For a teenager that is used to less structure, Lashawna Couch says life at Eagle Ranch hasn’t been as bad as she expected.
“I’ve had some ups and downs, but I’ve learned a lot,” said Lashawna, a 15-year-old Gainesville resident. “Overall, it’s been pretty good.”
Getting to the good parts meant adjusting to a different operating system.
“There are a whole lot more rules here than there were at my house,” Lashawna said. “And we’re on such a strict schedule. That’s really different from my house because we’re just laid back and do whatever when we get to it. But (it’s been) helpful to have the rules.”
After spending 10 months at the ranch so far, Lashawna says she learned several other lessons that she can apply to her everyday life at home.
“I think I’ll use the listen to other people (lesson), where I listen to what they have to say and hear them out (to resolve conflict),” she said. “Before, I didn’t really want to listen to the other person if I thought that I was right and they were wrong. But now I’ve learned to listen, and maybe I’m not always right.”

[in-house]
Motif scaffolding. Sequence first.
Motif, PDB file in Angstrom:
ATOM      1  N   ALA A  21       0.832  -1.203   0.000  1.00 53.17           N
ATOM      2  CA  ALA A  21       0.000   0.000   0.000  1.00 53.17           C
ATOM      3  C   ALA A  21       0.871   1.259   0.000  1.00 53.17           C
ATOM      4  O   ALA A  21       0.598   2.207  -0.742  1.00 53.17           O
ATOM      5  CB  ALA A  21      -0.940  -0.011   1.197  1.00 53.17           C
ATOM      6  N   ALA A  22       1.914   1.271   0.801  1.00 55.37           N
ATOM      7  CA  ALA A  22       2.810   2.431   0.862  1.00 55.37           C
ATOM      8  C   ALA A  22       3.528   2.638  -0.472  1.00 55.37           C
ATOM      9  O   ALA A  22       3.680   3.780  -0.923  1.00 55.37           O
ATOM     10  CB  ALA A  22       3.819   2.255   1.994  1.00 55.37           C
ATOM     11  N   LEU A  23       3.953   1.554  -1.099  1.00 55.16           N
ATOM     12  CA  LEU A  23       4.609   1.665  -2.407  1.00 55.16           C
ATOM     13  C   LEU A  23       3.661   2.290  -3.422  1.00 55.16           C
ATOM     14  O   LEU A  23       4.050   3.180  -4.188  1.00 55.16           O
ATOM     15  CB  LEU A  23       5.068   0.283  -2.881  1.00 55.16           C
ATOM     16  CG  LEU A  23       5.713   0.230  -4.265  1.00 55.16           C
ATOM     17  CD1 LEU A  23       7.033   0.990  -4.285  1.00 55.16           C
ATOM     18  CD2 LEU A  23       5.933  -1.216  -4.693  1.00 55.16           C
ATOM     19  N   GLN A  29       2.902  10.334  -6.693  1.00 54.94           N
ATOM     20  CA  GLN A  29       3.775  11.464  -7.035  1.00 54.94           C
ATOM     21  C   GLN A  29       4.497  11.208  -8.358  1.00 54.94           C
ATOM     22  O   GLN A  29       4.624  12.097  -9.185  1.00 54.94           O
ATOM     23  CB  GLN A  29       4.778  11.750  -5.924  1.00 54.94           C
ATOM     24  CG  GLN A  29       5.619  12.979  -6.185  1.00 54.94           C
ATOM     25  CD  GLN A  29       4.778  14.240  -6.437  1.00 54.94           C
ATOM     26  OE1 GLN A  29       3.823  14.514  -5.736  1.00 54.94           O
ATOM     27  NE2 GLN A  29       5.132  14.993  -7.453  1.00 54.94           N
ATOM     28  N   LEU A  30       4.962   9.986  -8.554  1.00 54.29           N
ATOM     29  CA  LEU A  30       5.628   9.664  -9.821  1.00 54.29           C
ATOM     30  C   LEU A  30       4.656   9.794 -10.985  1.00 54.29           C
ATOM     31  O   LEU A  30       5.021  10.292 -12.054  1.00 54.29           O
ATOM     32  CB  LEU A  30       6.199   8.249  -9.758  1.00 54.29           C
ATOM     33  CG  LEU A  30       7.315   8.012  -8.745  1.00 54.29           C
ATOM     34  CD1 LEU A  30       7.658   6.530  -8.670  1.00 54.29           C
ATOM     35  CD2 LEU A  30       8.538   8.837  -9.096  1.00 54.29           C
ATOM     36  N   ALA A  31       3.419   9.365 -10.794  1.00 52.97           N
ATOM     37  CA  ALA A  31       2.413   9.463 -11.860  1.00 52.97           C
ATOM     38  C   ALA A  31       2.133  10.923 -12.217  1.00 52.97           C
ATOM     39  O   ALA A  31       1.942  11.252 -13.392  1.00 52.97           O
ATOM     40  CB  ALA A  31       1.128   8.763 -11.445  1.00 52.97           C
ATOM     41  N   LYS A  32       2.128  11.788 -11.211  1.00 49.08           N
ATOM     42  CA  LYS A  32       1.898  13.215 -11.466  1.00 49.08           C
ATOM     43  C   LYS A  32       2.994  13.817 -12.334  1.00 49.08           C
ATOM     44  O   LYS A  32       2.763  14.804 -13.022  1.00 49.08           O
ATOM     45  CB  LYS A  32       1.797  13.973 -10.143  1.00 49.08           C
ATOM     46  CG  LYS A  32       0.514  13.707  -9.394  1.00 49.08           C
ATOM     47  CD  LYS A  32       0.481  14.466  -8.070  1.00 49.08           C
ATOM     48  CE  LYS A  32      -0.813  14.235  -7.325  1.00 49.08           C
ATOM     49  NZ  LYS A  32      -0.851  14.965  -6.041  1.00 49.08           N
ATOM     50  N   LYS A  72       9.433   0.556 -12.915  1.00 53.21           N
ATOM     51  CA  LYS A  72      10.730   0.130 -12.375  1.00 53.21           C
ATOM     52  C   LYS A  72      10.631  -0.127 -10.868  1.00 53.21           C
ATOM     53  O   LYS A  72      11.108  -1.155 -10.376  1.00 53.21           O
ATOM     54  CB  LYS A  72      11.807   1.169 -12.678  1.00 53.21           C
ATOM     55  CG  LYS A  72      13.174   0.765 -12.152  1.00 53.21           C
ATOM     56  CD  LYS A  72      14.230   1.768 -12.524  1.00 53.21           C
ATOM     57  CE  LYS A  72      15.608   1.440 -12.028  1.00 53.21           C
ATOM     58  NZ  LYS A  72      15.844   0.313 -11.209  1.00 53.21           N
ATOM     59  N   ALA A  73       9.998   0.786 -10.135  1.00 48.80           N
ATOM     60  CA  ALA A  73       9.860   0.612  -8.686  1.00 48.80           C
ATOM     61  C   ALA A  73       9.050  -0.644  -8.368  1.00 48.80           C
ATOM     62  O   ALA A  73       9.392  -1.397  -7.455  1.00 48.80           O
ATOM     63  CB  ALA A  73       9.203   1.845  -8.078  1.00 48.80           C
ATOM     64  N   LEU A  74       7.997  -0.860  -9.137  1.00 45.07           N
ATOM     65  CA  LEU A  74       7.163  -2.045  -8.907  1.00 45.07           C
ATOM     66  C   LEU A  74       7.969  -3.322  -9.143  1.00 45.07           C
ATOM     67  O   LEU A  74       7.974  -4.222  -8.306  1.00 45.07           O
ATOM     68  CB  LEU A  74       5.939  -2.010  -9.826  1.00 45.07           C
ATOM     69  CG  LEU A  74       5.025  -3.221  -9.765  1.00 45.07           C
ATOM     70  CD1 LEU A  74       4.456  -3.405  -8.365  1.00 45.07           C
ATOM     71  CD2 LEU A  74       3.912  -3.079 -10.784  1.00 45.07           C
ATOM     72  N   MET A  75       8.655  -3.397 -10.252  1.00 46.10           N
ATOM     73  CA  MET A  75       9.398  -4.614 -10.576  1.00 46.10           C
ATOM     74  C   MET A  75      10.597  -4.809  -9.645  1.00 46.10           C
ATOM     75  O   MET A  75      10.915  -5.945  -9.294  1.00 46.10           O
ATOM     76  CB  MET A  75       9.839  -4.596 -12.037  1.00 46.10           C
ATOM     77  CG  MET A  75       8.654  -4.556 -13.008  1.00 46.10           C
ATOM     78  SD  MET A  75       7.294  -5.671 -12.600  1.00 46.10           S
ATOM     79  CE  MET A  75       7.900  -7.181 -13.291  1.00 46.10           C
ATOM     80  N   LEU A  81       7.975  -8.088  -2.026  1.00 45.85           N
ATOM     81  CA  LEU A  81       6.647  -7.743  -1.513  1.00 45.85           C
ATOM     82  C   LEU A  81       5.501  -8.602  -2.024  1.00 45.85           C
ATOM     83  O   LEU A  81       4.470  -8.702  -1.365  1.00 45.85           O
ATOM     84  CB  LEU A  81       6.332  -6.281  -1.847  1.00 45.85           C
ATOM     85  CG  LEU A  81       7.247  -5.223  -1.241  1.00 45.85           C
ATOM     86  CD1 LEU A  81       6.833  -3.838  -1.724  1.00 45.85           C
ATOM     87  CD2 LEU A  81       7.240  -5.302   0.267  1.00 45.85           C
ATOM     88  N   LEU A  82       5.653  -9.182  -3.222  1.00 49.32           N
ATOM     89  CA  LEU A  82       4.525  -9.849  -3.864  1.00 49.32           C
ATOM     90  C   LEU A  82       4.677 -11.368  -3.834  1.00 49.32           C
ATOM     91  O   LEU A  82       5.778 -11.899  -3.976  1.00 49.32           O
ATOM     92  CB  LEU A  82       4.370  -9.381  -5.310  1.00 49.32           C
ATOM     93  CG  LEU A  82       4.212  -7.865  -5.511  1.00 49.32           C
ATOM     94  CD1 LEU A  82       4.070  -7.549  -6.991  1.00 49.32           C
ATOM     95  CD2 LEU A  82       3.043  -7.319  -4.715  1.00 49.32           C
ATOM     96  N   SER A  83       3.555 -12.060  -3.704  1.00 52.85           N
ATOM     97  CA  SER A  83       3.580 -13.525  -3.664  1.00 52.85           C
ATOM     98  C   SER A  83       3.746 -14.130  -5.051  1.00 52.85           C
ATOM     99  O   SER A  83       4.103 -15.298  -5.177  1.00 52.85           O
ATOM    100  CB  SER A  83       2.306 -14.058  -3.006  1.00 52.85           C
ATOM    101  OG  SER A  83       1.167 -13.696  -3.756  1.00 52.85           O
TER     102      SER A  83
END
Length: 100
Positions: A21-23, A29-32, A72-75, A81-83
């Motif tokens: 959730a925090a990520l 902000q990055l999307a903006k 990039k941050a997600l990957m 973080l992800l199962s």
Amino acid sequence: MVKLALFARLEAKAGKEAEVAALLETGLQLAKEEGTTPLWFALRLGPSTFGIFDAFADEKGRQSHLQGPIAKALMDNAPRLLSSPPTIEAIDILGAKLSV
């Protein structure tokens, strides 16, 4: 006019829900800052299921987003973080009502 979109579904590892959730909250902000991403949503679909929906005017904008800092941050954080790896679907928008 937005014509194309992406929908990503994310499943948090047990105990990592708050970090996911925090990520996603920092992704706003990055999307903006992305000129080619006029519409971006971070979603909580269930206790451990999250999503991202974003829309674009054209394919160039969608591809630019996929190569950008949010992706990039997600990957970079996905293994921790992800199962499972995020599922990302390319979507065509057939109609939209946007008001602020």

That lesson has also helped Lashawna get along better with her little sister.
“Me and my sister would always fight and not want to be around each other,” she said. “Now we can actually have a decent conversation with each other.”
While at the ranch, Lashawna has been attending Eagle Ranch School, which is for grades six through nine, but in the fall she will be enrolling at Flowery Branch High School. Although she sometimes gave into disruptive, classroom behaviors before moving to the ranch, now Lashawna says she is better equipped to do the right thing.
“Here, it’s easier for me to learn the subject and get my work done and get it done right,” she said. “I can have more one-on-one time with the teacher and that really helps.
“But I’ve learned how to not pay attention to what is going on around me and to focus on my work, so I think I’ll do good there, too.”
Lashawna hasn’t been the only one learning life lessons at the ranch. Her family has benefited from the group counseling sessions, Lashawna said.
“In my house there’s me, my brother, my sister and my mom. Ten months ago, we couldn’t be around each other and have a conversation without fussing at each other. We just couldn’t get along for very long at all,” Lashawna said.
“But coming here has taught us how to get along with each other and how to hear each other out,” she said. “I think that if we hadn’t come here, we would still been in the same position — we wouldn’t be able to be around each other. I really do believe that the ranch has helped our family and taught our family a lot — and that’s why our family is close again.”